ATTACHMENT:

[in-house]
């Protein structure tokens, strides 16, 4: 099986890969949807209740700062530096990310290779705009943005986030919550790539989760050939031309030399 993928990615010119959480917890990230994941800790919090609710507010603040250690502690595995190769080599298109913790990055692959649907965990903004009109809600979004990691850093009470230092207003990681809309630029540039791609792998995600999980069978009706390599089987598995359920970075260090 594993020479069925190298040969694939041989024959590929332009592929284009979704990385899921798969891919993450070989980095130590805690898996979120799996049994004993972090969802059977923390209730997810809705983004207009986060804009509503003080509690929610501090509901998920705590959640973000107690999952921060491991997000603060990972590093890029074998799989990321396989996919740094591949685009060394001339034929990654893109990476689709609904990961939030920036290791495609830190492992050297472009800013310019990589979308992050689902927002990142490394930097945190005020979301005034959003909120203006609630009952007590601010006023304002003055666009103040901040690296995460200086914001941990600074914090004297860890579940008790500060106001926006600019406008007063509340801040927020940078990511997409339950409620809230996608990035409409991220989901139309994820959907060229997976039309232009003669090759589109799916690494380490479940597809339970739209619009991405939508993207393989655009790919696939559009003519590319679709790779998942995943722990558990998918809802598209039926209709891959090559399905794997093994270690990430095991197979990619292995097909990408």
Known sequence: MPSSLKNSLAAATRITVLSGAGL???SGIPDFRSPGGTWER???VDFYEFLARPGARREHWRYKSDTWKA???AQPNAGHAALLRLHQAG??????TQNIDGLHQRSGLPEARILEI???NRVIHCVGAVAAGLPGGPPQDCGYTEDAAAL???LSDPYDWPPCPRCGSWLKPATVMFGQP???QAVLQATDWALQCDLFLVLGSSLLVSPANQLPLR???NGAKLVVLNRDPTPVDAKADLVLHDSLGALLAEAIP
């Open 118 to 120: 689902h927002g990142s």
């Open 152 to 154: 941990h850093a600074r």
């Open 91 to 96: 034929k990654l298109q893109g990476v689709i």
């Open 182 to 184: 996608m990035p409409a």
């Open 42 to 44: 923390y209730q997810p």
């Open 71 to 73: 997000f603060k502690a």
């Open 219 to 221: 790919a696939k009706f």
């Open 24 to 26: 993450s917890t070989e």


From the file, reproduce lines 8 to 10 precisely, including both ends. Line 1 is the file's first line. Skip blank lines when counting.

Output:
């Open 42 to 44: 923390y209730q997810p």
């Open 71 to 73: 997000f603060k502690a």
């Open 219 to 221: 790919a696939k009706f």